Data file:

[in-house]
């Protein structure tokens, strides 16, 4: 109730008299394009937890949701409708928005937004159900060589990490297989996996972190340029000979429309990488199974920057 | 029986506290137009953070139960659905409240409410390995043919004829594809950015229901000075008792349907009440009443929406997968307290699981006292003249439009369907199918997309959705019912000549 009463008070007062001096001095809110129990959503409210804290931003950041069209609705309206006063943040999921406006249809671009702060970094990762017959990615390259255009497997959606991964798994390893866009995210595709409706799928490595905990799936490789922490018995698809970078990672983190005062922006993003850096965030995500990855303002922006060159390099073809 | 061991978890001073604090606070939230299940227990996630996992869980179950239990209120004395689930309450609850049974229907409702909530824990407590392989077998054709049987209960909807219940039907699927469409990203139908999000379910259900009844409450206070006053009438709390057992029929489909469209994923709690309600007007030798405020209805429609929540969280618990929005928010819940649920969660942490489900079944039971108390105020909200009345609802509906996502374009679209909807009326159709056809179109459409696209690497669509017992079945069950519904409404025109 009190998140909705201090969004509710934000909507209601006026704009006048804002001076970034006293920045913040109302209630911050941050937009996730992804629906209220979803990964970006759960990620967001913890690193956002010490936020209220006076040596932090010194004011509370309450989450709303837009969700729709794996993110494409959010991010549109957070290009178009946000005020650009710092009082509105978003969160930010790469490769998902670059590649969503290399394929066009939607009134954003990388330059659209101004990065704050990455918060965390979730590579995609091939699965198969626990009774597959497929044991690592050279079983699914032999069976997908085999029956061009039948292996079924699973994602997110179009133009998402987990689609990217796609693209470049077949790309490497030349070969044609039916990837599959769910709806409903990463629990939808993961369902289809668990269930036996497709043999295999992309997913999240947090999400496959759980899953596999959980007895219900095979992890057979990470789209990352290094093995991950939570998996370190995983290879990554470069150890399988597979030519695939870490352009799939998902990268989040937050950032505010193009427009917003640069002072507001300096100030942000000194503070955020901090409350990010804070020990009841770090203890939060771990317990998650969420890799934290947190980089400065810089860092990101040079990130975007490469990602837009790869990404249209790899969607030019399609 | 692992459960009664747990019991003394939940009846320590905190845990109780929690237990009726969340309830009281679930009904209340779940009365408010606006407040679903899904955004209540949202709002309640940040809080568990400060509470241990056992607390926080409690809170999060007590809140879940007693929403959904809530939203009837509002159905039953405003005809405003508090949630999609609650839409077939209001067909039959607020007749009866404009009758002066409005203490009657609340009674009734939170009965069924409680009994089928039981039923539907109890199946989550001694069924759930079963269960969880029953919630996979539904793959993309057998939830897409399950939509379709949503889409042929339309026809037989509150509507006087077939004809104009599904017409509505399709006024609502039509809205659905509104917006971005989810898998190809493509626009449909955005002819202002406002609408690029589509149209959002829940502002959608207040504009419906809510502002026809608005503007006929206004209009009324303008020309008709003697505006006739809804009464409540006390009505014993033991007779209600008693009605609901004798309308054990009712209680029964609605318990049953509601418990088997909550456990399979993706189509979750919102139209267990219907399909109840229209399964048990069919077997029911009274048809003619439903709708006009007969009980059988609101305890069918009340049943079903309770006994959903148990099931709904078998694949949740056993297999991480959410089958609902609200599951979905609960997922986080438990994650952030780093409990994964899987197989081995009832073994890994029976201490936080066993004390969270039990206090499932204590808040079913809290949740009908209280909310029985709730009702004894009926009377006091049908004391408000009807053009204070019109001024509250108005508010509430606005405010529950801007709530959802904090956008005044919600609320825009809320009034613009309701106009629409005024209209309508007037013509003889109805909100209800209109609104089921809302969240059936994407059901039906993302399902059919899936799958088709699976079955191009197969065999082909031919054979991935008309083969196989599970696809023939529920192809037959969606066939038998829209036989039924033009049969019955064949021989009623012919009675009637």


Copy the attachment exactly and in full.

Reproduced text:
[in-house]
């Protein structure tokens, strides 16, 4: 109730008299394009937890949701409708928005937004159900060589990490297989996996972190340029000979429309990488199974920057 | 029986506290137009953070139960659905409240409410390995043919004829594809950015229901000075008792349907009440009443929406997968307290699981006292003249439009369907199918997309959705019912000549 009463008070007062001096001095809110129990959503409210804290931003950041069209609705309206006063943040999921406006249809671009702060970094990762017959990615390259255009497997959606991964798994390893866009995210595709409706799928490595905990799936490789922490018995698809970078990672983190005062922006993003850096965030995500990855303002922006060159390099073809 | 061991978890001073604090606070939230299940227990996630996992869980179950239990209120004395689930309450609850049974229907409702909530824990407590392989077998054709049987209960909807219940039907699927469409990203139908999000379910259900009844409450206070006053009438709390057992029929489909469209994923709690309600007007030798405020209805429609929540969280618990929005928010819940649920969660942490489900079944039971108390105020909200009345609802509906996502374009679209909807009326159709056809179109459409696209690497669509017992079945069950519904409404025109 009190998140909705201090969004509710934000909507209601006026704009006048804002001076970034006293920045913040109302209630911050941050937009996730992804629906209220979803990964970006759960990620967001913890690193956002010490936020209220006076040596932090010194004011509370309450989450709303837009969700729709794996993110494409959010991010549109957070290009178009946000005020650009710092009082509105978003969160930010790469490769998902670059590649969503290399394929066009939607009134954003990388330059659209101004990065704050990455918060965390979730590579995609091939699965198969626990009774597959497929044991690592050279079983699914032999069976997908085999029956061009039948292996079924699973994602997110179009133009998402987990689609990217796609693209470049077949790309490497030349070969044609039916990837599959769910709806409903990463629990939808993961369902289809668990269930036996497709043999295999992309997913999240947090999400496959759980899953596999959980007895219900095979992890057979990470789209990352290094093995991950939570998996370190995983290879990554470069150890399988597979030519695939870490352009799939998902990268989040937050950032505010193009427009917003640069002072507001300096100030942000000194503070955020901090409350990010804070020990009841770090203890939060771990317990998650969420890799934290947190980089400065810089860092990101040079990130975007490469990602837009790869990404249209790899969607030019399609 | 692992459960009664747990019991003394939940009846320590905190845990109780929690237990009726969340309830009281679930009904209340779940009365408010606006407040679903899904955004209540949202709002309640940040809080568990400060509470241990056992607390926080409690809170999060007590809140879940007693929403959904809530939203009837509002159905039953405003005809405003508090949630999609609650839409077939209001067909039959607020007749009866404009009758002066409005203490009657609340009674009734939170009965069924409680009994089928039981039923539907109890199946989550001694069924759930079963269960969880029953919630996979539904793959993309057998939830897409399950939509379709949503889409042929339309026809037989509150509507006087077939004809104009599904017409509505399709006024609502039509809205659905509104917006971005989810898998190809493509626009449909955005002819202002406002609408690029589509149209959002829940502002959608207040504009419906809510502002026809608005503007006929206004209009009324303008020309008709003697505006006739809804009464409540006390009505014993033991007779209600008693009605609901004798309308054990009712209680029964609605318990049953509601418990088997909550456990399979993706189509979750919102139209267990219907399909109840229209399964048990069919077997029911009274048809003619439903709708006009007969009980059988609101305890069918009340049943079903309770006994959903148990099931709904078998694949949740056993297999991480959410089958609902609200599951979905609960997922986080438990994650952030780093409990994964899987197989081995009832073994890994029976201490936080066993004390969270039990206090499932204590808040079913809290949740009908209280909310029985709730009702004894009926009377006091049908004391408000009807053009204070019109001024509250108005508010509430606005405010529950801007709530959802904090956008005044919600609320825009809320009034613009309701106009629409005024209209309508007037013509003889109805909100209800209109609104089921809302969240059936994407059901039906993302399902059919899936799958088709699976079955191009197969065999082909031919054979991935008309083969196989599970696809023939529920192809037959969606066939038998829209036989039924033009049969019955064949021989009623012919009675009637």